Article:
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A demanding job with long hours, low pay and no public recognition needs someone pretty special. And as Campbell McCracken found out, Visible Fiction's Stage Manager Ingrid Gunn, has just that special quality required.

photo of stage design from above

Perfectly invisible

Stage management is one of those jobs that only gets noticed when it's done badly. Punters watching a theatre performance from the stalls shouldn't see your work if you're doing it properly. If you do your job well you won't get a round of applause, or a review in the papers next day.

But good work doesn't go completely unnoticed - it can get you a very good reputation in the industry. And someone with such a reputation is Ingrid Gunn.

Working full-time for Visible Fictions, Ingrid has just completed a national tour with their production of Monster. However, she doesn't have time to sit back and reflect on its success. "At the moment I am working towards our next couple of productions, Emily's House in Spring, then The Underpass in the Autumn."

Tears in the sun

"Stage management is tough. It's really tough. If you work for a small company then being stage manager means you do everything. But," she reflects, "you never get bored."

As a freelance stage manager (which Ingrid was before she joined Visible Fictions 18 months ago), not only can you get to work with different companies, but you get to tour too. "I've been to the USA (from California to Alaska), Ireland and Cyprus."

"Cyprus was my best and worst experience. It was outdoors in a stone amphitheatre in the middle of summer, and there was no running water, no electricity and no shade. You had to carry all your equipment and water for two miles because there was no road. But it was an enormous success and after all the hard work it really was worth it. It was great fun. Great fun in the end. Lots of tears shed!"

Early start

Ingrid was drawn to the technical side of the stage from a very early age. "My mother ran the Arts Society in Cromarty on the Black Isle that brought touring companies to perform in the village. Right from being a small kid, I'd go along to the hall and offer to set out chairs and do mundane jobs like that, just to be around everything happening. I loved it instantly and knew that's what I wanted to do."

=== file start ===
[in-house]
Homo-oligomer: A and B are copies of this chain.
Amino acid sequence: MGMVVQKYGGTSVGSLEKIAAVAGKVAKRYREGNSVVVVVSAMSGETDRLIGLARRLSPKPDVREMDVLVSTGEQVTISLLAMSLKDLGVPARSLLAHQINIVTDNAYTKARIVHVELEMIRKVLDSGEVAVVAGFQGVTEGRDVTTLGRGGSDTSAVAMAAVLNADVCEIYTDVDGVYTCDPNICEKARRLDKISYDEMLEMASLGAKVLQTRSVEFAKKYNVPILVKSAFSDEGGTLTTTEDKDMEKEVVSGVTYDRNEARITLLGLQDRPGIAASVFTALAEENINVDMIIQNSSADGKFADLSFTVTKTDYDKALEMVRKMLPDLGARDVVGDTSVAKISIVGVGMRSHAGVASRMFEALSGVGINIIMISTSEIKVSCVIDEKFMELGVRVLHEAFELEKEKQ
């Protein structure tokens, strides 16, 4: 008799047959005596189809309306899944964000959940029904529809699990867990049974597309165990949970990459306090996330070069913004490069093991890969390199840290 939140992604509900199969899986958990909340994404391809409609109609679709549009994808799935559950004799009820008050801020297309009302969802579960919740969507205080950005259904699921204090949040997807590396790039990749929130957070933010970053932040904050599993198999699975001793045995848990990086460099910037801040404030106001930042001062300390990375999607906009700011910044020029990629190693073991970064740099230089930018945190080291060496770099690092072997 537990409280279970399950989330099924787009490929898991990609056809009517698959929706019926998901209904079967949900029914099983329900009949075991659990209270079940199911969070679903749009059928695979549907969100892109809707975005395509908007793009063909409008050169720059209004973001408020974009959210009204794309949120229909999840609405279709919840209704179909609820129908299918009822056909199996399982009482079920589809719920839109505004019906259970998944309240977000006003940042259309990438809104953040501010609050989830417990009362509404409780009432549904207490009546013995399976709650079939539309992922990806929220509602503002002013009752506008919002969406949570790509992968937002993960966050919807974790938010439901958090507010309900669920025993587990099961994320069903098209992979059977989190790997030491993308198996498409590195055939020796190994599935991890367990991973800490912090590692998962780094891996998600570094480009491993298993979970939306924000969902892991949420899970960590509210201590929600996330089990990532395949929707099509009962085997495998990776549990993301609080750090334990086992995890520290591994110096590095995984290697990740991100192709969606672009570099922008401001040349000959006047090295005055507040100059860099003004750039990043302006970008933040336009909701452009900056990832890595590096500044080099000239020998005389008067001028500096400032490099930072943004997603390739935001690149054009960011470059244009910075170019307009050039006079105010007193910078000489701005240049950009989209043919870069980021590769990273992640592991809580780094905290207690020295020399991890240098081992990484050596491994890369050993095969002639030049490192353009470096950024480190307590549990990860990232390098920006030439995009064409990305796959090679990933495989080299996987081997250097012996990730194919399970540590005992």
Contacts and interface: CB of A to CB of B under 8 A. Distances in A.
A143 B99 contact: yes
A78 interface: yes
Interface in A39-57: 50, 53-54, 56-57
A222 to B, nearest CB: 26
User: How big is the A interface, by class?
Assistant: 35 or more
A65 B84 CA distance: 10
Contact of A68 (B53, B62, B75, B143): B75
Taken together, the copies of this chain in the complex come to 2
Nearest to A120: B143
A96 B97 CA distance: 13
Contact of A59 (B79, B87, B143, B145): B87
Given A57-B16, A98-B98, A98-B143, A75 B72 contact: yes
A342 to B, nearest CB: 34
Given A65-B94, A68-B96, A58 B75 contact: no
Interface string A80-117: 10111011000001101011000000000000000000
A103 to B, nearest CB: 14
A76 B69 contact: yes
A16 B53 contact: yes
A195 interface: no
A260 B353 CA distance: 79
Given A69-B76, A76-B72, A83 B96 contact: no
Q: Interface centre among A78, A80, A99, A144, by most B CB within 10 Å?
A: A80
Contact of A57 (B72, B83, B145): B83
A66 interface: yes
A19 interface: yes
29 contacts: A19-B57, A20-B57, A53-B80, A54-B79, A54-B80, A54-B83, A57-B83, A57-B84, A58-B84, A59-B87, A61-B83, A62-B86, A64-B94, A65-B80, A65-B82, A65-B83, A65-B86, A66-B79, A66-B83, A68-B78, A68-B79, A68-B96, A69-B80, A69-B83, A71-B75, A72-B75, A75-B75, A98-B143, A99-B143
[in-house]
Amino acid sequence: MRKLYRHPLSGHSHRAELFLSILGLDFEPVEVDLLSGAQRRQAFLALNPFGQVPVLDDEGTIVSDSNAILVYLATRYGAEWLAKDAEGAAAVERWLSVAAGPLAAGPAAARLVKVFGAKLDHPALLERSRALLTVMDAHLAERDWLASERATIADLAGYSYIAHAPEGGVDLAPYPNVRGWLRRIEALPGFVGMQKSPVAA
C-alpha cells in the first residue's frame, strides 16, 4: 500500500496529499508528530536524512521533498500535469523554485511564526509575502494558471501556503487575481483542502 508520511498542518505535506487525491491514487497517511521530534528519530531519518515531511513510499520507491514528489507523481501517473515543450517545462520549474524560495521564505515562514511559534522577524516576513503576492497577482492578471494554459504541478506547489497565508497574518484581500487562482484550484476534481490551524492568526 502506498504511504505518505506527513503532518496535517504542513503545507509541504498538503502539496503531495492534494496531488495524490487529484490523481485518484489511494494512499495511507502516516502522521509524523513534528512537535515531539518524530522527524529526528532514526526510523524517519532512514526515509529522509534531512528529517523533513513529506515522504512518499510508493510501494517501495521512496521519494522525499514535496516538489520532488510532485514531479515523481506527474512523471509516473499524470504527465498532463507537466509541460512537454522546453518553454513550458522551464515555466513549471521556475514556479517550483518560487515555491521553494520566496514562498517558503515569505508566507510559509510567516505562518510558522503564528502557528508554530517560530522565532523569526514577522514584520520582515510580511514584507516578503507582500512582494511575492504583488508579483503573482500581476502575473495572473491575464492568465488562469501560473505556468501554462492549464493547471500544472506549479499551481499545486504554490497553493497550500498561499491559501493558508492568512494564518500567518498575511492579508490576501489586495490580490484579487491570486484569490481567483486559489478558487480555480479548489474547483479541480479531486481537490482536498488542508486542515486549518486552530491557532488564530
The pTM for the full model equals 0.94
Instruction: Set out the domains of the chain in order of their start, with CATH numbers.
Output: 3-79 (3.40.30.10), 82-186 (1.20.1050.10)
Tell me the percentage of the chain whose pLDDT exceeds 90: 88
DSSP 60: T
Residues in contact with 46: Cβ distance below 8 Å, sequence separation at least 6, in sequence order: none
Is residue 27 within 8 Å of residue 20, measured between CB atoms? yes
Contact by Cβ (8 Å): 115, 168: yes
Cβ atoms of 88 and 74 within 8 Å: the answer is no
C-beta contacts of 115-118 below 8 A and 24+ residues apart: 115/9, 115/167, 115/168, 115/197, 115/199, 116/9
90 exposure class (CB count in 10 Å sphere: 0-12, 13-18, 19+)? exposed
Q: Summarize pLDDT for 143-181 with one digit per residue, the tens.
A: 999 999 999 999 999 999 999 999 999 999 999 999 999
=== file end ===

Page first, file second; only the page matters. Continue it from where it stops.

At the age of 13, she went to the Scottish Youth Theatre in Glasgow and did their summer festival, where she spent two weeks doing workshops, two weeks rehearsing and finally two weeks doing the show.

"It was a huge thing. It's a fantastic thing. It really does teach you exactly how a show goes together."

Too young

But at that point Ingrid and the traditional route to stage management parted company. "Most people go to drama school, but I was too young. I applied to RSAMD (Royal Scottish Academy for Music and Drama) and Queen Margaret (QUeen Margaret University College) and they both sent letters back saying 'please apply in two years time when you're 18.' But I didn't want to wait that long."

Having access to all the theatre companies coming to Cromarty allowed Ingrid to make lots of contacts in the industry, and especially to build up a relationship with Scottish Opera. "When I was 16 I got a phone call from them saying that there was a job available making tea and coffee and sweeping the stage (for a pittance) and did I want to do it."

And did she?


Ahead of her time

The lack of formal training hasn't hampered her career in any way. "I think learning on the job is a better way to do it. I'm sure the colleges would disagree, but it meant that I was five years ahead of people coming out of college because I started at 16 and they were getting out of college at 20 or 21."

"I was lucky to work with some really nice people who taught me lots of things. I was lucky enough to get panto at the Eden Court theatre in Inverness and I learned a lot from Bob, the stage manager. I did four or five pantos there, working my way up to being on the book (calling all the technical cues for the show), which I did for two years." (Oh yes she did!)

Just the job

So would Ingrid recommend that everyone takes the direct approach and bypasses the formal route?

"I had the contacts and I had a good idea what theatre was about. If you don't have that, I'd say going for one of the drama schools is the better way to go. The two big Scottish drama colleges are very good and a lot of people coming out of them get work. I would definitely recommend going to one of the big drama schools!"

And would she recommend stage management? "The hours are long. Very long hours, often seven days a week, and you don't get overtime. But that's only to discourage people that don't like hard work. If you like going home aching at the end of the night, but knowing that you've done a good day's work, it's the job for you."

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